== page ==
4. If it feels good when you start doing it, you’re probably doing it wrong  

On equity and reconciliation, Patrick discusses how conversations with people who have been marginalized by the City’s decisions are difficult conversations and if they don’t feel that way, then you’re probably doing it wrong. These processes start with education on what is equity and reconciliation: Education of elected officials, city hall and the community. With adequate education, we can start looking at the co-creation of projects and to close the “engagement” loop: Making sure people hear their own voices in the summaries of the communication processes even when it doesn’t guarantee everything they have asked for. The important step is making sure they feel they are part of the process which comes after hard conversations and community collaboration.  

Sawsan adds that we must always ask these two important questions: “In anything we do or innovate, who’s going to benefit the most, and who is going to pay the price for that?” 

5. Meaningful engagement takes time, cities need to allocate resources to do it well

Again, language is important, and the speakers call on a need to disentangle communications and engagement… A lot of cities make the mistake of asking their communication departments to do engagement, says Patrick. In New Westminster, they’ve created a separate engagement group that focuses on bringing people in and asking them about their insights.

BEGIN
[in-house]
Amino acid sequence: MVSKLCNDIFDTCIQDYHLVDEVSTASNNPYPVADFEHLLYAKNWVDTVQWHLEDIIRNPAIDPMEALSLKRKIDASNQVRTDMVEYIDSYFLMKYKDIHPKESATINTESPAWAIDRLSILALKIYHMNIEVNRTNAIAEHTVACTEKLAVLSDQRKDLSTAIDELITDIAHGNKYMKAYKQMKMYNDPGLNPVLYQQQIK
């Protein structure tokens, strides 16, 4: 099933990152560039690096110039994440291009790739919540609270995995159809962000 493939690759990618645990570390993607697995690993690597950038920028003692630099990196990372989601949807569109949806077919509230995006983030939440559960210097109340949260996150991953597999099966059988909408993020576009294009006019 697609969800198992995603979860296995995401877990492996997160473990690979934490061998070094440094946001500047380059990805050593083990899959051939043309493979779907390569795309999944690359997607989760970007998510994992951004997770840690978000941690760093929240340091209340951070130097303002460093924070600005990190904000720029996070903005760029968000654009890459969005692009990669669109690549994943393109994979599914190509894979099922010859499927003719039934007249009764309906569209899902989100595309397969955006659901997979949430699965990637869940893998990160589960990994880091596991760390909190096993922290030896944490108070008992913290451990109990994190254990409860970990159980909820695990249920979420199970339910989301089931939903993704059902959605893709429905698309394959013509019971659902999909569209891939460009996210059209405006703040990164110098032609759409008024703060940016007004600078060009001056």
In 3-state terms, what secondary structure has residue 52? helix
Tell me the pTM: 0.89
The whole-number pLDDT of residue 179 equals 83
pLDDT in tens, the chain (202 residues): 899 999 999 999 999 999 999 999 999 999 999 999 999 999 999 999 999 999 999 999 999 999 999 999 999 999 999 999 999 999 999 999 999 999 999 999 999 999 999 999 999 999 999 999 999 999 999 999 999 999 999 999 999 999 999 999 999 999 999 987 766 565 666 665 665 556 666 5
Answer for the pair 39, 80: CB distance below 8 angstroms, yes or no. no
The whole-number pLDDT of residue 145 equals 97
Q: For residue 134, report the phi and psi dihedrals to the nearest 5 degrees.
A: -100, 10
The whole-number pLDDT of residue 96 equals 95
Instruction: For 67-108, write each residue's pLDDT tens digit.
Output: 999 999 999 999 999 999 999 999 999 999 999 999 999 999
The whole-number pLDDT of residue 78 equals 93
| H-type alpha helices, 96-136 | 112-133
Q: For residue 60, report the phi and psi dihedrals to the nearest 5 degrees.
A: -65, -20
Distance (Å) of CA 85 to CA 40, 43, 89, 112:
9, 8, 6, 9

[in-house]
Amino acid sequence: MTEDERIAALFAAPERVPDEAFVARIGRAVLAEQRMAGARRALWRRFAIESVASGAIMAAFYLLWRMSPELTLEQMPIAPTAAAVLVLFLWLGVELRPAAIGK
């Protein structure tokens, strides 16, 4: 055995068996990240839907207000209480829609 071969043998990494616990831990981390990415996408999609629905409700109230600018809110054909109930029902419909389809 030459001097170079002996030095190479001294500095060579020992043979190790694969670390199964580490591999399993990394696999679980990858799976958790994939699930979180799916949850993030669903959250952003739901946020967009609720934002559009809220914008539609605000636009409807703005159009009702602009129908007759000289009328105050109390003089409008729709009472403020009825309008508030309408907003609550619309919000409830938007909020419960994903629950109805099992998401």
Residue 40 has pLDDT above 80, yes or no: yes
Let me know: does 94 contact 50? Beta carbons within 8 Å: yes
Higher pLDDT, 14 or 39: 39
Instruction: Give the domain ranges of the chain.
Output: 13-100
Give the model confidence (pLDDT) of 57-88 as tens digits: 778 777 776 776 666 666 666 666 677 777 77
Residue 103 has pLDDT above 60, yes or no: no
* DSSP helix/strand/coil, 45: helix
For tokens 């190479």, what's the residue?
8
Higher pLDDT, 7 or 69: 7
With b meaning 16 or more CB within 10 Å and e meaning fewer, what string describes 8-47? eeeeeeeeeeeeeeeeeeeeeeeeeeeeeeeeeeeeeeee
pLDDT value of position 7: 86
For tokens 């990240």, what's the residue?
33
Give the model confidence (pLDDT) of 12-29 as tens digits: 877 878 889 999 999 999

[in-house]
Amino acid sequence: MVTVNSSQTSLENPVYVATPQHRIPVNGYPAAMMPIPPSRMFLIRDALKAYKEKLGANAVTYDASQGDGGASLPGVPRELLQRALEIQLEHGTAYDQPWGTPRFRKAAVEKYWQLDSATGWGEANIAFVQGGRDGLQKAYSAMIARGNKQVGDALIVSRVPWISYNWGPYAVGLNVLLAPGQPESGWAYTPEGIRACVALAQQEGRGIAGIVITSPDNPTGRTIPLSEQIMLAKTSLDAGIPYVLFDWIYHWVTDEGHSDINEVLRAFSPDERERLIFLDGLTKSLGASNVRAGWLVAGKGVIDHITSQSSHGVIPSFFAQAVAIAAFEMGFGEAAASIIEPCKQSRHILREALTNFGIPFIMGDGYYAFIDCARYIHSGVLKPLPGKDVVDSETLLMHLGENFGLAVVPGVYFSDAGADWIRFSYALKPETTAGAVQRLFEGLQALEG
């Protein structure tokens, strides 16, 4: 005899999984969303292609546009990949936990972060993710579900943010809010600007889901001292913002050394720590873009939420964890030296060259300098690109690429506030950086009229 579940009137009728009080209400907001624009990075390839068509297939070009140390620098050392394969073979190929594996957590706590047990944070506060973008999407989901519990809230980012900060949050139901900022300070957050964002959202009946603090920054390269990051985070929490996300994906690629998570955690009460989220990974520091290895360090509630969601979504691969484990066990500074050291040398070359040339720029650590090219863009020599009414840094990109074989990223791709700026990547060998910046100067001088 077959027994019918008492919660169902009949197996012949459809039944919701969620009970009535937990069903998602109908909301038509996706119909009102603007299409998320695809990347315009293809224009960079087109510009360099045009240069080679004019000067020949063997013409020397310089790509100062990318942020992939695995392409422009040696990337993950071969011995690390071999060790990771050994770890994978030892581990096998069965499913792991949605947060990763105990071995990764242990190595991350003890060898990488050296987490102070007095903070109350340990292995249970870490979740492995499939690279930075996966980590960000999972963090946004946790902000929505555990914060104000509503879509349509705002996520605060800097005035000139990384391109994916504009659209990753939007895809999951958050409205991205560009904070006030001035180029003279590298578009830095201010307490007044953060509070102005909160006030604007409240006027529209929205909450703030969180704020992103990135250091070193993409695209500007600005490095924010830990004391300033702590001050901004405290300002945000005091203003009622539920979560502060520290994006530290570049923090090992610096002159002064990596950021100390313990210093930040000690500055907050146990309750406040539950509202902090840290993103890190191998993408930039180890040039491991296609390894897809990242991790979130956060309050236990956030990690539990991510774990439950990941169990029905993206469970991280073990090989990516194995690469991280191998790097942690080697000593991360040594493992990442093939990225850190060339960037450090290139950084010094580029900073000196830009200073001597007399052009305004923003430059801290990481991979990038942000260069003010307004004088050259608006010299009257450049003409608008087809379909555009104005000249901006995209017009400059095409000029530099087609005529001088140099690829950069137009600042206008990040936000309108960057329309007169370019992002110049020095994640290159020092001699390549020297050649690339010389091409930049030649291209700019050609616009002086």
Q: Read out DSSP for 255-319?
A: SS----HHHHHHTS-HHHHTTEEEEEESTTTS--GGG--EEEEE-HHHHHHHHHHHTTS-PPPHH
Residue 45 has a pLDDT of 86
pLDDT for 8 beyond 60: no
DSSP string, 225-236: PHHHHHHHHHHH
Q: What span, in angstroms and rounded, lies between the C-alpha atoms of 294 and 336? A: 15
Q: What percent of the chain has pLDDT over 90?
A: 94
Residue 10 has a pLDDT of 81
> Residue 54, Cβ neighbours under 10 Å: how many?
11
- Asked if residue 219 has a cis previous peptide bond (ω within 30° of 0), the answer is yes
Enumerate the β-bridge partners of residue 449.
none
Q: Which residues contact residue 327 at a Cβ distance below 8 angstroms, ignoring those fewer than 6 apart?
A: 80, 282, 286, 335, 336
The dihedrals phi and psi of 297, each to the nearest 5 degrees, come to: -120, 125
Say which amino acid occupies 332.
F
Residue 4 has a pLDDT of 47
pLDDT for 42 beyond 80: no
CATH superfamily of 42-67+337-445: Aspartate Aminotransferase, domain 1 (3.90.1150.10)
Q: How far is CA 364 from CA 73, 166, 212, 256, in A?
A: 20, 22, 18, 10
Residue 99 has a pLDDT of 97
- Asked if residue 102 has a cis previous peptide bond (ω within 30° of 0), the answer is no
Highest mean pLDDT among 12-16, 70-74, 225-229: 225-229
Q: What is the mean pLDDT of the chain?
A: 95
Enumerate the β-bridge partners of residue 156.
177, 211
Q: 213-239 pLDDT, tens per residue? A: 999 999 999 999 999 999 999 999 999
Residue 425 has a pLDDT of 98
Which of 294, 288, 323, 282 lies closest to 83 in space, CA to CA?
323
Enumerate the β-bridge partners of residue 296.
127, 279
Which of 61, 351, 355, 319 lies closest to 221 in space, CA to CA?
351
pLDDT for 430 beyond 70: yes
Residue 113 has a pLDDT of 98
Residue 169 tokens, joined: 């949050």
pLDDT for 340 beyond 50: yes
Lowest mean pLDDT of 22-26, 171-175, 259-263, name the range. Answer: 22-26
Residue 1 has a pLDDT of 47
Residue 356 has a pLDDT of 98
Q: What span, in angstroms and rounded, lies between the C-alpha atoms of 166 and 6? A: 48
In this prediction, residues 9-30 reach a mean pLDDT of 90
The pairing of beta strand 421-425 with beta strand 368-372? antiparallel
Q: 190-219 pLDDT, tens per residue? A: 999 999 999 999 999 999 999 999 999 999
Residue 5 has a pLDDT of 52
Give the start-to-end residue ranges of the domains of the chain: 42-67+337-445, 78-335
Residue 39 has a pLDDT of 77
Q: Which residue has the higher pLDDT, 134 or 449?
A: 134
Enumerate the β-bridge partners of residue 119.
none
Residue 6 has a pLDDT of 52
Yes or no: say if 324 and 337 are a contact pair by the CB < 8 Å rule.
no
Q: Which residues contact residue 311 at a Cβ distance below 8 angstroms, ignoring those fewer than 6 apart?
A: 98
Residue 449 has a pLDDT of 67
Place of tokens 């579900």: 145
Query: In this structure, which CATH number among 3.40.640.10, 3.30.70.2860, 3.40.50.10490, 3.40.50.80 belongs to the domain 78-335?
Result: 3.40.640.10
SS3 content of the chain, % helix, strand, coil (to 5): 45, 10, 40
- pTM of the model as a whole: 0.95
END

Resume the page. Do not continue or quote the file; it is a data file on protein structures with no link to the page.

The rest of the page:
Nathan agrees and adds that in order to understand community needs better, go where the people are: to the churches, the mosques, the community centres, the malls…etc. Especially when engaging and communicating with community members that are marginalized, the process needs to be made so that it caters to their schedules and habits rather than other away around. Do not place a burden on the communities you want to help.

Full Panel

Note to readers: This video session was transcribed using auto-transcribing software.  Questions or concerns with the transcription can be directed to with “transcription” in the subject line.